3. No, haven’t seen it. Not going to see it. I suppose one reason I don’t watch horror is that so many of them just seem like excuses for gore rather than having an actual story to tell. The reason I liked Silence of the Lambs and Pan’s Labyrinth is that they had compelling stories and characters. The character came across as real–as opposed to just being sexy teenagers.

    I can’t argue with the appeal of sexy teenagers to other teenagers, but I just feel like a pervert watching them now. This movie wasn’t gory, and wasn’t good either. With no sexy teenagers to enhance the screen, it had very little going for it.

  4. Wait. A Roman Church founded by Joseph of Arimathea? That sounds like they’ve got things somewhat twisted. I understood that he and the others fled after the Crucifixion and he ended up in Great Britain basically fleeing Rome. That’s also supposedly how Mary Magdalene ended up in France. Something doesn’t sound right here…

    Yeah … I won’t even get into the whole “that never happened and it’s ALL a load of crap” thing here. Joseph never fled anywhere and neither did Mary … but let’s stay out of that debate for now. Why would a Jewish man found a ROMAN church? How did he found a ROMAN church when there WAS no ROMAN church yet? Hmm? I’ll leave it at that. Yeah … it was WEAK, bud. WEAK.

    As we’ve discussed in the past there isn’t anything scary anymore. Gore does nothing. The art of horror and suspense have long been lost and the first person to bring that back to the big screen will be absolutely famous. When was the last time you were scared down to your bones by a movie?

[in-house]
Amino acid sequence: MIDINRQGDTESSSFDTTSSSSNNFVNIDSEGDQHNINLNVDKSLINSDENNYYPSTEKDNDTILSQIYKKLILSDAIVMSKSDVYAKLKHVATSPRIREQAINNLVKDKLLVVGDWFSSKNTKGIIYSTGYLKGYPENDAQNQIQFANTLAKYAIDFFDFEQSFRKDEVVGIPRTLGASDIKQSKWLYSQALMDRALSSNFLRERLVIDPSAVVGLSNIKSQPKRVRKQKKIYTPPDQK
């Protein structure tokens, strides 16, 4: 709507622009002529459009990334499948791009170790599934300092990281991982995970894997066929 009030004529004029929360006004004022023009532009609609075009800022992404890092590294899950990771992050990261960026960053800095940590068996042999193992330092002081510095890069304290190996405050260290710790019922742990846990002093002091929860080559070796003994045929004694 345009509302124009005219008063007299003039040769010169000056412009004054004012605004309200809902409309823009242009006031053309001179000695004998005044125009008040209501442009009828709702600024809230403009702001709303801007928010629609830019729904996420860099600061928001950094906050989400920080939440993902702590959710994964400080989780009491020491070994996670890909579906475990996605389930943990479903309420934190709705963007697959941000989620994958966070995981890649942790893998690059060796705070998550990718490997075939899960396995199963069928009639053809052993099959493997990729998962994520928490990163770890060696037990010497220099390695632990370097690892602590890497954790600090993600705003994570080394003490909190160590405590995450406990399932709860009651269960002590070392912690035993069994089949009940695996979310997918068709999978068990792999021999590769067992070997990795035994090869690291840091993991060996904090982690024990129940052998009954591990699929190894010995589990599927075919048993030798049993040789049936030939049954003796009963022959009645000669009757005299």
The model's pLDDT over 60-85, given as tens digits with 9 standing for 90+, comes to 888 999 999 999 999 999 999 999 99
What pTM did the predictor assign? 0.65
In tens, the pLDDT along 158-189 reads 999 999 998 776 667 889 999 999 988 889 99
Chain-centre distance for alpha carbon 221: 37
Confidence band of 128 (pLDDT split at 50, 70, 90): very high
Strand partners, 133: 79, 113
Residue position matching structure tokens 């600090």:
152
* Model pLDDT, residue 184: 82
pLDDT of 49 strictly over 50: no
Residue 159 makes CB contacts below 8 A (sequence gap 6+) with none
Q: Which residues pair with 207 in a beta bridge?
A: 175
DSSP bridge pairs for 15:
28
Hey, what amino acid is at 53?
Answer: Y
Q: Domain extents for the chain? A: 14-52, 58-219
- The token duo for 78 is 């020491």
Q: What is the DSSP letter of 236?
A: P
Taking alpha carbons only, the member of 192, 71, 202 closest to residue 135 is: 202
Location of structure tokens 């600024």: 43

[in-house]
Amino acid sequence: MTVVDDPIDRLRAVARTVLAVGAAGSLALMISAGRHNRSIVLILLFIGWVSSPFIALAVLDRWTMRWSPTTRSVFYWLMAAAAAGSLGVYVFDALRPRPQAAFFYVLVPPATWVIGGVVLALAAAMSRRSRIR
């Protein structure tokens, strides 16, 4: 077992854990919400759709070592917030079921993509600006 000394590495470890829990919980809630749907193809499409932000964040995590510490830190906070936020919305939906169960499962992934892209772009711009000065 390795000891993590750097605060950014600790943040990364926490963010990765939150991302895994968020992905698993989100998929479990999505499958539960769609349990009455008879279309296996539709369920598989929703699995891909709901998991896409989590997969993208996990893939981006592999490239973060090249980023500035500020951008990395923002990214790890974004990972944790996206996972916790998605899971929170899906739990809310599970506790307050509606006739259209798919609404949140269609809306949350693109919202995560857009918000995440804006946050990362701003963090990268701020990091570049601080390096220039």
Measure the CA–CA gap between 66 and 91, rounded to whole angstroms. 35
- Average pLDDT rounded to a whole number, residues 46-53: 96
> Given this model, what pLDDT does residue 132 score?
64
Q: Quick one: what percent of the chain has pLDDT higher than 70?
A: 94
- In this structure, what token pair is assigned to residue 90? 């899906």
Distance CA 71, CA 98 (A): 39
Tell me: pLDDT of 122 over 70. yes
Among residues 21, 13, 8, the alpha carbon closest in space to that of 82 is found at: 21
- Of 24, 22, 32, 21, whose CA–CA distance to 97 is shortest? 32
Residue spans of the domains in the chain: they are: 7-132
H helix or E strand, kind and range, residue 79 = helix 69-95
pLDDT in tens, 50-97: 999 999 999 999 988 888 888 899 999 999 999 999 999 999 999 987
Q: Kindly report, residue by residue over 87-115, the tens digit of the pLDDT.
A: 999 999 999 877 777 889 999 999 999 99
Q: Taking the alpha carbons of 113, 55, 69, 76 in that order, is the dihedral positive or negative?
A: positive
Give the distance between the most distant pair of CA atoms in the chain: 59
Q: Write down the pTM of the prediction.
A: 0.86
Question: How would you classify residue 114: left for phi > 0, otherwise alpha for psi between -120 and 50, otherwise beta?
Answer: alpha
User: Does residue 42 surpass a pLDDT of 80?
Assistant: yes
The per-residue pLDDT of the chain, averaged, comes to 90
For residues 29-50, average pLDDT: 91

The Exorcist was the last one to scare the hell out of me, pardon the pun. But I’m not sure anyone CAN bring back true horror. I think the genre, for film at least, has been so redefined that slash-n-gore is all there is for horror. Or special effects. Al has some difference of opinion on this, I think, but I’m not in a position to say because I don’t drop the $10 to see movies new; so I’m out of date on everything. 😀

    • I think it could be saved but it almost wouldn’t be in the horror genre anymore. They would come up with some new and stupid classification.

      Probably. I know a lot of “horror” is now classified as either “fantasy” or is literary fiction, so you can’t go to the HORROR section of B&N or Borders to get it now. I’m usually lost without an author’s name to look up, and I’m WAY out of touch now. And of course, with movies, there’s probably even LESS hope. *Sigh*

      I do have to agree though that the Exorcist probably is the last one to TRULY scare the crap out of me. Absolutely disturbing.

      Yeah. I was Catholic at the time and that was the Holy Grail of terror — POSSESSION. *Shiver*